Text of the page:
Here’s some really good news for anyone who wants to visit Berlin on a budget: it’s really easy to eat well there for very little money. I went on a mission – to have a cheap and cheerful weekend there, and to eat well without spending a lot. Meals often end up being one of the most expensive parts of any trips I go on – it’s the cross I bear for loving good food and big portions in equal measure. In Berlin, I wanted to satisfy my appetite, my foodie sensibilities and my purse strings, all at once.
I was spending the weekend with some lovely friends who live in Berlin. I told them about my budget mission, and they were more than happy to accept the challenge of keeping me happily fed on the cheap food and street food Berlin is famous for. What occurred was a glorious tour of some of Berlin’s best budget eating, and I absolutely have to pass on what I learned.
(Please note, this is not a health conscious plan...)
Ahhh, nothing like a hulking chunk of cheese-stuffed bread the size of your head to start the day! No really, I mean it. I had never heard about butterring until I came to Berlin; never knew of its existence. Actually, I’m glad it’s not a thing where I live, or I’d be a few stone heavier and would fritter a good deal of my money away on giant bread rolls. They are slightly chewy on the outside and really, really soft inside with a sneaky little stuffing of cottage cheese. They will feed two people until at least mid-morning (or currywurst o’clock, as I have affectionately come to call it). These things cost around a euro or €1.50, depending on where you get them.
Even if you’re not on a budget, you kind of have to eat currywurst at least once in Berlin. Yes, I know it’s not pretty but it’s like a rite of passage – like having a Guinness in Dublin, a hot dog in New York, or pizza in Naples. Currywurst even has its own Museum in Berlin (I didn’t go, mainly because I was too busy eating the stuff to learn about it too). I can’t honestly say whether or not my slightly hungover palate was discerning enough to tell the subtle differences between them all, or maybe it’s like that first hit that you can never quite recreate, but I do know that I remember my first one most of all. It was from a place called ‘Curry Fritze’ in Friedrichshain, and for €2 I got one wurst with a bread roll. They do really nice chips too. I know this because my friend ordered them, and I was that person who doesn’t order her own chips but eats all of yours instead (sorry).
There is an unassuming little joint called Sahara on the corner of Reuterstrasse and Weserstrasse in Neukölln, and it sells falafel wraps drenched in a peanut sauce so delicious that it might just change your life. I’m not exaggerating when I say that my mouth is watering as I write this, just at the memory. The peanut sauce is culinary perfection. This was the first thing I ate in Berlin, and if it weren’t for my learned friends taking me to lots of other great food places, I could have happily dined on these bad boys for breakfast, lunch and dinner every day. It’s so good that I didn’t give even a little bit to the extremely cute dog who was outside the place begging, and I’m usually a sucker for big-dog-eyes. But he got nothing. I had falafel and halloumi in mine, it cost €3, and I want another one.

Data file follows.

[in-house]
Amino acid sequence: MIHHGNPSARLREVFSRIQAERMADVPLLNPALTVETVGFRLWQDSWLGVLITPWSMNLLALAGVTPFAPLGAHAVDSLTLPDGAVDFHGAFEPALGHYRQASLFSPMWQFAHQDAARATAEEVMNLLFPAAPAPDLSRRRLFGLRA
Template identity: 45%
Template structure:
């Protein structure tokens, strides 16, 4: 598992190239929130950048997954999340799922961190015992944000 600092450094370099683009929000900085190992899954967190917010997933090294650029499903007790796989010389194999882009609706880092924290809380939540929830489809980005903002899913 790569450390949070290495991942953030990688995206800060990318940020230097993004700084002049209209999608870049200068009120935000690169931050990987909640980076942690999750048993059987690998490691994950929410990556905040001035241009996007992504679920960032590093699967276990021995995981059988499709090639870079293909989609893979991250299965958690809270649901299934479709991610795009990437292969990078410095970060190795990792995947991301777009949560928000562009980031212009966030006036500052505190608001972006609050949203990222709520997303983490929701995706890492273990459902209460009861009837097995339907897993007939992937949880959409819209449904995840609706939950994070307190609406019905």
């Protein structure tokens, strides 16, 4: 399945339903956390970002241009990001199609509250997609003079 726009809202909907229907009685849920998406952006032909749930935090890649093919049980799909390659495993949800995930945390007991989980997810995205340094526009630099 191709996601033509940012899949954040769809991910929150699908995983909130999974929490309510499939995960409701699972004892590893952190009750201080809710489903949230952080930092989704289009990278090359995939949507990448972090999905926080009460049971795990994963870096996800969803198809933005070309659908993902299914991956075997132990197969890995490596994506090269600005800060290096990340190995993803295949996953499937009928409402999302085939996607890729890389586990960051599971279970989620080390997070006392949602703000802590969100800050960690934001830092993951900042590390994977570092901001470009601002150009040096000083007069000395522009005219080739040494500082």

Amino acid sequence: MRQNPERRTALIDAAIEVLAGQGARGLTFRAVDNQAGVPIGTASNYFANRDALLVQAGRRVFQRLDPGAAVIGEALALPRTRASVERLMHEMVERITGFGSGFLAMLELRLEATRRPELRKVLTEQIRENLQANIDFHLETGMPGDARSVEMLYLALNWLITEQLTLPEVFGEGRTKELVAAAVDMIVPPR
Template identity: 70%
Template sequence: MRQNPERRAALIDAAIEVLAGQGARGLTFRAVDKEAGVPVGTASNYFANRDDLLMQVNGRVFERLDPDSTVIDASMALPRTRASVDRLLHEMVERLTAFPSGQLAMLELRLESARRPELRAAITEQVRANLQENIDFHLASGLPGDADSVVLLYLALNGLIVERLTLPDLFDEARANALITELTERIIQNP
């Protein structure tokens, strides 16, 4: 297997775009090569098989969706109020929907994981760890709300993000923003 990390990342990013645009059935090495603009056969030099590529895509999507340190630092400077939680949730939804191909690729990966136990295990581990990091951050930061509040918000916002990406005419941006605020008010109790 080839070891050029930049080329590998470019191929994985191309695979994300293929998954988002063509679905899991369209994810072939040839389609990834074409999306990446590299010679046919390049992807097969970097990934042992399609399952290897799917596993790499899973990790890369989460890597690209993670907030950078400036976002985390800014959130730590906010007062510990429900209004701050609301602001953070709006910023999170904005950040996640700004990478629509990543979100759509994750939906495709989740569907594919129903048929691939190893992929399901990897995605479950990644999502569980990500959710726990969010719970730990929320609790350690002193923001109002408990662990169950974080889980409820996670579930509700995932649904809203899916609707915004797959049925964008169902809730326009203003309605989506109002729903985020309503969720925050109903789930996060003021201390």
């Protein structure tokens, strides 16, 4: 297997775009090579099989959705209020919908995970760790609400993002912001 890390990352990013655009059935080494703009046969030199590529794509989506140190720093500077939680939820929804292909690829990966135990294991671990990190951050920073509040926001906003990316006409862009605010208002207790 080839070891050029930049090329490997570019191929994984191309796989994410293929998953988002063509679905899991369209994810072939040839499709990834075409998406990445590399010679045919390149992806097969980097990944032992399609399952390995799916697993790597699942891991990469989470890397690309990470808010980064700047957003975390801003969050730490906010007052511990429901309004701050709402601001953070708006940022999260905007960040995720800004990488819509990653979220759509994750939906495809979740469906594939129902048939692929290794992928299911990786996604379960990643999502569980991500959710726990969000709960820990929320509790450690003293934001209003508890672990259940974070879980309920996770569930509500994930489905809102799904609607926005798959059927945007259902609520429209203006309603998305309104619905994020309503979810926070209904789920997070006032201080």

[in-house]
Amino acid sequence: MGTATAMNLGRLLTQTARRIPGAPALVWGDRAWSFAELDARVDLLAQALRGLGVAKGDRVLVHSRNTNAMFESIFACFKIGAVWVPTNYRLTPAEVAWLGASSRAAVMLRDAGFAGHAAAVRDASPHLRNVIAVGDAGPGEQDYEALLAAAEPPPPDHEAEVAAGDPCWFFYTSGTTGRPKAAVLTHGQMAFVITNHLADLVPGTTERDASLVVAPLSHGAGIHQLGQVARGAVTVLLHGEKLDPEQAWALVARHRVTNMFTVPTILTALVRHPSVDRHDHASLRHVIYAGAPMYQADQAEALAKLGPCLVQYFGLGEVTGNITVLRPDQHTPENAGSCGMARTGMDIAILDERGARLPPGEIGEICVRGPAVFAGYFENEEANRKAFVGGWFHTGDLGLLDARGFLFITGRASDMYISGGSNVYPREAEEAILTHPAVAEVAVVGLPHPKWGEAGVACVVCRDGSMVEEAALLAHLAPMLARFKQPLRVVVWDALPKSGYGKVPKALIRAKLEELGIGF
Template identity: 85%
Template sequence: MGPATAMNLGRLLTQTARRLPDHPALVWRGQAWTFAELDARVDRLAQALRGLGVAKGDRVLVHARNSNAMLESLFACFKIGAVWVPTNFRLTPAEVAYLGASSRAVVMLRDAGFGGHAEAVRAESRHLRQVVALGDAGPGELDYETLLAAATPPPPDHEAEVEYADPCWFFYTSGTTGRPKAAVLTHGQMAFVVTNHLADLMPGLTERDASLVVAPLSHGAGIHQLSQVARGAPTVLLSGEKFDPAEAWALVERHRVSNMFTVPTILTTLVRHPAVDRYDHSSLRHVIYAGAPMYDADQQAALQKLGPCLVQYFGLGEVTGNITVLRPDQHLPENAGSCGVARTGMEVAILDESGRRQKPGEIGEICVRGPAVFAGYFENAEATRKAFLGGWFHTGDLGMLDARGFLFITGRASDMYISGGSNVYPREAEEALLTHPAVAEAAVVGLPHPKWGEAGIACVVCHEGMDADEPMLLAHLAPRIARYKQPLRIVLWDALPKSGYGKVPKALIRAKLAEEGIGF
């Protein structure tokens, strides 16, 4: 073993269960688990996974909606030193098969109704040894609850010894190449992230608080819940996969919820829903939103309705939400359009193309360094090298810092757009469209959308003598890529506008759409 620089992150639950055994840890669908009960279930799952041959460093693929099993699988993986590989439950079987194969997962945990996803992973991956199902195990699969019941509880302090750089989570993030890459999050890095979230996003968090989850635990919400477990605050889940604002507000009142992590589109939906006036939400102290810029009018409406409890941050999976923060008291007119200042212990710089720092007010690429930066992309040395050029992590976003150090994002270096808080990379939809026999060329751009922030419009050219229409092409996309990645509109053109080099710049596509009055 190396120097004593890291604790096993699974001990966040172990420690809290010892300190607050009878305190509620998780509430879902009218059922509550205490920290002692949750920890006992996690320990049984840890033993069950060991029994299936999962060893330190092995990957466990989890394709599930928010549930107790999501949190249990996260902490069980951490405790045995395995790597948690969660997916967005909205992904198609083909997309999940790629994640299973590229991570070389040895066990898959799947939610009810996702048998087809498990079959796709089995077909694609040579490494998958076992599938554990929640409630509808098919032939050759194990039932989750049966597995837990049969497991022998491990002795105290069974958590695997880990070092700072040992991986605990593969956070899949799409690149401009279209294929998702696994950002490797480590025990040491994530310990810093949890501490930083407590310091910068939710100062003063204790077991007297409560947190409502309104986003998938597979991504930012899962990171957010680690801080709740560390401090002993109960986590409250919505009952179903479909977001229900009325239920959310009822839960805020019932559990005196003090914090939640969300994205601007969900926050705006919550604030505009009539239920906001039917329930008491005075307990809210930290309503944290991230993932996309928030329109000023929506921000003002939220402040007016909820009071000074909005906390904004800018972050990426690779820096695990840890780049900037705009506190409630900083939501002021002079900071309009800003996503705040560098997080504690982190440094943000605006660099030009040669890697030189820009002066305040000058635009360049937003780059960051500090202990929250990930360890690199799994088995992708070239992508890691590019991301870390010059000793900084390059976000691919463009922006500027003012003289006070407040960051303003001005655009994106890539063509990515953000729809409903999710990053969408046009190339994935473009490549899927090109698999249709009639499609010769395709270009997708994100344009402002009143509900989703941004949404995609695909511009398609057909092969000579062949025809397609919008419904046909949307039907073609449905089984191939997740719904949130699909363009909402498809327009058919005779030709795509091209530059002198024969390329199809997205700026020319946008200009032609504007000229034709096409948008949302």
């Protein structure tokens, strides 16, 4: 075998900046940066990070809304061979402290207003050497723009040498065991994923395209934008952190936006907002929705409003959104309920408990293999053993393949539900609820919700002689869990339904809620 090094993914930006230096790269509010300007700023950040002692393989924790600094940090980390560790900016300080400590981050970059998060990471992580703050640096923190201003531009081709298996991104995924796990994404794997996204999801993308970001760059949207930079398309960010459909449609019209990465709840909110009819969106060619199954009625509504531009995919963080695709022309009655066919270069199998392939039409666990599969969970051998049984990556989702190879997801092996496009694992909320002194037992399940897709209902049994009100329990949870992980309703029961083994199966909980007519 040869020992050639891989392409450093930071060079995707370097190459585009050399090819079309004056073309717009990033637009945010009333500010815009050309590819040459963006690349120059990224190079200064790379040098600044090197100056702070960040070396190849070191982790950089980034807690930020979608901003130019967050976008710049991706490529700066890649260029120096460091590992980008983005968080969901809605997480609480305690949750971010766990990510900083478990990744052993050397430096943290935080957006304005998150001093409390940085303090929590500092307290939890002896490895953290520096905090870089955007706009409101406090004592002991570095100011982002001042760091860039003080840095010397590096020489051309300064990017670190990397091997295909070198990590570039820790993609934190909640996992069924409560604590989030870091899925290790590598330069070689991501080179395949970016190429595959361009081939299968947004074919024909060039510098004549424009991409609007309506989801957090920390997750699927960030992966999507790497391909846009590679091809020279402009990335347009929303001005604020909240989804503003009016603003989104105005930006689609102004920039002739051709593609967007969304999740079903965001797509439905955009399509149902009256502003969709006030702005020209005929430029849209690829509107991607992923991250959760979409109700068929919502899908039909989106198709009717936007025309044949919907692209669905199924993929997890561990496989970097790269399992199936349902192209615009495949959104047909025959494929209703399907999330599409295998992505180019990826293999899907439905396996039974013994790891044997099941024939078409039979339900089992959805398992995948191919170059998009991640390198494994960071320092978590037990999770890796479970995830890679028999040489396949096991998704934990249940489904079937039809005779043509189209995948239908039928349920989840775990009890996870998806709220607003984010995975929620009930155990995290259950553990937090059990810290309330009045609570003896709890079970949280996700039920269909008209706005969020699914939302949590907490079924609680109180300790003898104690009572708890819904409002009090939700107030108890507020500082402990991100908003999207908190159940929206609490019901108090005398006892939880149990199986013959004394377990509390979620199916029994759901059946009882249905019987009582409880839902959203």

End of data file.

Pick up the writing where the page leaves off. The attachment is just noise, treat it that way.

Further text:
Berlin’s kebabs are famous. In fact, thanks to a large Turkish population, kebabs are some of the best street food Berlin has to offer. But in a city of cracking kebabs, one stands out. One takes the crown. There is one kebab to rule them all. Mustafa’s Gemüse Kebab in Kreuzberg is worth every moment of the half hour or more you might have to spend queuing for it (top tip, bring a beer for the queue. It’s completely normal to drink on the street in Berlin, and you won’t look/feel like an alcoholic). I got a döner kebab and it was mind-blowing. So much so that I got a bit delirious, and can’t quite remember the price, but it was definitely under €4. I’d go back to Berlin tomorrow for another one. I’d consider having one shipped to Ireland.
It rained a lot on one of the days I was in Berlin, so we decided to get a bit fancy (and a bit dry) and head indoors for dinner, with seats and tables and everything. Il Casalore on Grimmstrasse in Kreuzberg was the perfect shelter from the storm. They serve up seriously good pizza. I was blessed to be eating with people who know how to make the most of a meal, so we ordered a pizza each, split them into ‘peace sign’ thirds, and had a taste of everything. We also had lots of tastes of their incredible homemade chilli oil, which had a genuine kick to it and was good enough to make me consider checking in a bag just to take some home with me (I decided not to, and instead use it as another excuse to return to Berlin). Including some beers and a tip, we paid around €12 each for our feast, and were absolutely stuffed.
This was all in one and a half days, by the way. Don’t act like you’re not impressed.
I know I’ve missed some iconic places. I didn’t go to Bugermeister. I didn’t go to Curry 36. I didn’t get a kofte sandwich from Gel Gor, or a Lahmacun. I quite simply didn’t have the time needed and/or the room in my tummy. So please, please tell me what else I missed and where else I have to try, because I have every intention of going back there for a street food Berlin sequel. Remember, it has to be both delicious and inexpensive. For the purposes of this blog, it does not have to be healthy.
- Dee Murray